Think about where the streams are near to your home, neighborhood, or park. Are the stream banks covered with herbaceous plants and shrubs, like purple coneflower and buttonbush and are they overhung with a variety of stately trees such as willow and sycamore? When you walk down the gently sloping streamside, also known as the flood plain, and get closer to the stream can you see minnows swimming in clear water, water boatman striding on the surface, and dragonflies hovering above? Looking down, do you see all the way to the bottom, where there are mixed cobbles, pebbles, and smaller grains of sand in the streambed? Imagine then lifting up a rock. Did you find a or other small creatures, making their homes and raising their families in the bottom sediments? If you can say, "yes" to most or all of these questions then this stream would definitely be called a "Healthy" stream.

Straight Talk about Curvy Streams

Healthy streams also meander naturally. And when they do, natural erosion occurs on the outer curve where the water has a higher velocity and flows more swiftly. Then this loose material is transported by the water and ends up as natural deposition onto the inner part of the curve where the water slows down. In this way, streams form their bank patterns, including sand bars and islands. When there is a rainstorm event, the erosion, transportation, and deposition increase proportionally, depending on the intensity of the storm. So the stream's configuration may change temporarily, but ultimately, all streams are trying to reach their best equilibrium, even though they are always dynamic in energy flow.

Unfortunately, not all streams are healthy because they have not been allowed to maintain their natural, meandering state. Many streams have been degraded by human attempts to straighten or channel them for convenience sake, either for agricultural, residential, industrial, or municipal development purposes. When streams are forced to flow in a straight channel, the velocity increases dramatically due to the increased volume. When the velocity increases, so does the erosive power, and the stream cuts down its own banks and or bottom. This increased erosion leads to increased suspended sediment in the water, greater turbidity or muddy water, and greater sediment deposition and disturbance in the bed. Muddy water effectively stops photosynthesis because light cannot penetrate down to the aquatic plants on the bottom. Also, the available oxygen also decreases. Then the animals not only lose their food source, but also their air to breathe, and their hiding and nesting habitat.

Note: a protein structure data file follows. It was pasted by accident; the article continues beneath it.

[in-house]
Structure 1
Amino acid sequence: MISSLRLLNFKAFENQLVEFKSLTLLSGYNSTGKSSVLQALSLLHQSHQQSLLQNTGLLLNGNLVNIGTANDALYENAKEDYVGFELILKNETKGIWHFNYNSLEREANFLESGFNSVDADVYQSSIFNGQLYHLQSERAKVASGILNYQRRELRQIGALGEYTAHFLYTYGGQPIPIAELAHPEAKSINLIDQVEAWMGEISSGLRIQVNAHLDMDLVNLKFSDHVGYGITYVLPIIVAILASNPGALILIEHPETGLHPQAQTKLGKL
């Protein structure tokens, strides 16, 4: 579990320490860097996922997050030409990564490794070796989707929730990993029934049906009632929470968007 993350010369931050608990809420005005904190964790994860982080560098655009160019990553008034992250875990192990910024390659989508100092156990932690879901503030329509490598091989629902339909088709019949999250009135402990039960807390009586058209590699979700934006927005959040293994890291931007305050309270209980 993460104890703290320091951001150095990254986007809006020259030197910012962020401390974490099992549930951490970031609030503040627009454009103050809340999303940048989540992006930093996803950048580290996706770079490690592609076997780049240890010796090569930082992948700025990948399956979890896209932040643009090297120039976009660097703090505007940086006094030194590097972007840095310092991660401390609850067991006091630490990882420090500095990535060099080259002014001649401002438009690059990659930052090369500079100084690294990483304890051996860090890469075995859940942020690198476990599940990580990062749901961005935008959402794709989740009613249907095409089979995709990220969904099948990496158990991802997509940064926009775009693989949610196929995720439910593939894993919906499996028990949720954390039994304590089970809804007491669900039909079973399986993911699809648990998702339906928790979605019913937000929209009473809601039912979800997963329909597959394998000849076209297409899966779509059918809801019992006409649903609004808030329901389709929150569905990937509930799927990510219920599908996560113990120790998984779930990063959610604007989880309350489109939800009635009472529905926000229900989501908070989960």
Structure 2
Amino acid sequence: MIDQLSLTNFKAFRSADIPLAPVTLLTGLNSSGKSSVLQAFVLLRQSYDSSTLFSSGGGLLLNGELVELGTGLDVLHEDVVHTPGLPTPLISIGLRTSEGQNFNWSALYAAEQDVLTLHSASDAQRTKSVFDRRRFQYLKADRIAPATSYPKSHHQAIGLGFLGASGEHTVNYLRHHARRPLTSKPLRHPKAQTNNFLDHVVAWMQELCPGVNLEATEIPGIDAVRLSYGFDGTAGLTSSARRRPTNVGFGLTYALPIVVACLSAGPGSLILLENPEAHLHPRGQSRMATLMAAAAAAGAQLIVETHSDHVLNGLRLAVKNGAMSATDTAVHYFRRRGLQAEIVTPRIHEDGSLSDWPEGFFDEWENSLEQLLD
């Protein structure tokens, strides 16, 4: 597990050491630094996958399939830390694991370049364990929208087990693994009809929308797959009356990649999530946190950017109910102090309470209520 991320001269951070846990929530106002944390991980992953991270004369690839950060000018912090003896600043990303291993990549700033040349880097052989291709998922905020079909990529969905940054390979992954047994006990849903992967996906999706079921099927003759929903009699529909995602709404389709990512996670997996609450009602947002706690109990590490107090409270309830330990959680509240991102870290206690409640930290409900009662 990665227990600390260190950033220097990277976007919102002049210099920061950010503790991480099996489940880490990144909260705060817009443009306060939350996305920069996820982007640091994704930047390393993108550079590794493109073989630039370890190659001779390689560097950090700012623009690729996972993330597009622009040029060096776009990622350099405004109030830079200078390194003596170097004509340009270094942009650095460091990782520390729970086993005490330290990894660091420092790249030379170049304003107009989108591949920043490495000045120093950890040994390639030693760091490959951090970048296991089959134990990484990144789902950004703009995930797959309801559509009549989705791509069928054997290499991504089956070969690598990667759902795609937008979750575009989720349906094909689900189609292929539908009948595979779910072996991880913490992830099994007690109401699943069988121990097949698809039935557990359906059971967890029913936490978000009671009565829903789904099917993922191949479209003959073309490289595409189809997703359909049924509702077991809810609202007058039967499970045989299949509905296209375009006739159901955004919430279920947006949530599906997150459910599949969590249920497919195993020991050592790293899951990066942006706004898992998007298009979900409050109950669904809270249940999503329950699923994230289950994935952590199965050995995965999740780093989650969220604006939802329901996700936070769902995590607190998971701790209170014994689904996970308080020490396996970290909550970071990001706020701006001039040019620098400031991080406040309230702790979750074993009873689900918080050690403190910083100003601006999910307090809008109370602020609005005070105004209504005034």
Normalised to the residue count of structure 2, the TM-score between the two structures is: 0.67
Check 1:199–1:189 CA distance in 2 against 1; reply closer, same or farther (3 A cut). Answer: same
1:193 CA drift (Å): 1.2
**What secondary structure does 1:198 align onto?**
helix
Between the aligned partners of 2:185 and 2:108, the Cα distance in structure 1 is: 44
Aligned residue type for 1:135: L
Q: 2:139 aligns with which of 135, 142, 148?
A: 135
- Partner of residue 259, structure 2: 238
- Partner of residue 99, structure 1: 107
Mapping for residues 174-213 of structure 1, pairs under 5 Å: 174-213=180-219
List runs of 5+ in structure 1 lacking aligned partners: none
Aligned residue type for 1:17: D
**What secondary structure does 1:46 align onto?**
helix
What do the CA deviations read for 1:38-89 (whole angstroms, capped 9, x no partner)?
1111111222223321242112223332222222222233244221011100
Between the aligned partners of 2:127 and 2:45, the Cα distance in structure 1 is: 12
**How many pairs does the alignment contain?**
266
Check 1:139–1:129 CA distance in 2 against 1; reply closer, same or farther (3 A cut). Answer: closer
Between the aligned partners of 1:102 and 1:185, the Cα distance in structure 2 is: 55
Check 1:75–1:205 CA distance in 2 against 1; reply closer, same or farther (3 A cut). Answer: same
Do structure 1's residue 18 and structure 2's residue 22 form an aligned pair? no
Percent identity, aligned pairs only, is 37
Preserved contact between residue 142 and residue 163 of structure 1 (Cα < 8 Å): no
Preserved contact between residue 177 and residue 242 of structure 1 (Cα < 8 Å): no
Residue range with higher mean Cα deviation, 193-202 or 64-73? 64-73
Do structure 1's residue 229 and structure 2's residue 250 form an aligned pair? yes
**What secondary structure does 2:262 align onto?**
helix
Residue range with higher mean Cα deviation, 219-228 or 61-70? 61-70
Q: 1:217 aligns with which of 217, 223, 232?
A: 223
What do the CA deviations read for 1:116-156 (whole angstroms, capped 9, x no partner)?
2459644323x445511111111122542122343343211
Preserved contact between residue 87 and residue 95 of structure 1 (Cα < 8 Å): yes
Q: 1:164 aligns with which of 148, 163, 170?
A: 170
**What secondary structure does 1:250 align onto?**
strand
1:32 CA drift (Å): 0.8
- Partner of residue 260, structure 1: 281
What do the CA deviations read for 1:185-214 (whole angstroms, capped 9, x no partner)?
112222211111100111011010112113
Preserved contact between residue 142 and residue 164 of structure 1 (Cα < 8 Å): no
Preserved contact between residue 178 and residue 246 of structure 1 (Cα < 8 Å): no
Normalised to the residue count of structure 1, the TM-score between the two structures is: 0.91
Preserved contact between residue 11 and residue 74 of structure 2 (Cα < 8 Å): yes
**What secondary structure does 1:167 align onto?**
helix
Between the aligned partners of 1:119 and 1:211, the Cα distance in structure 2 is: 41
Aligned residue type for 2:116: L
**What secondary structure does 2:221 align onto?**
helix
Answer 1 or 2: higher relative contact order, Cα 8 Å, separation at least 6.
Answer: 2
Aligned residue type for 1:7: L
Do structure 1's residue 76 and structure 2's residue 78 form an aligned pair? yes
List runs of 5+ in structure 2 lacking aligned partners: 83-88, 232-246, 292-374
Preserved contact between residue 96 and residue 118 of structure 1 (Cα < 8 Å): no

Living on the Edge?

Channeling is not the only way that we disturb our streams. Every time that we mow our lawn right to the edge of the stream, or cut down "weeds" and bushes or trees on the bank, we impact stream health. The roots of all these water-loving plants hold the soil in place and stabilize the banks. These roots also filter out pollutants from our storm water and provide a barrier to pollution in the stream. When it rains, pollutants wash off over the land in the largest amount at the very beginning of the storm.

When we modify our streams and leave areas along streams, also called riparian areas, unprotected we also increase the risk of flooding. With its natural width, depth, and volume, the stream can hold water all the way to bank full, or on its floodplain, and the natural vegetation absorbs a huge amount of water in the roots and the stems (or trunks) and leaves. If we remove the natural containment capacities of streams, and fill or build on floodplains, we leave our fellow creatures and ourselves in a very vulnerable predicament.

Be a Conservation Crusader today! You have the power to help protect and create healthy streams around your home and neighborhood:

*Locate homes and buildings away from flood plains;

*Leave an un-mowed buffer area along streams;

*Compost or mulch yard waste rather than dumping it in a stream or river;

*Ask your community leaders to consider the establishment of riparian buffers as a necessary practice during all new construction and re-development projects;

*Help slow down water from large storm events by installing rain barrels and rain gardens; and

*Plant trees and perennials to help absorb water in the ground and hold water temporarily on leaves.

Need a hand? Contact your local county soil and water conservation district for more information and technical assistance.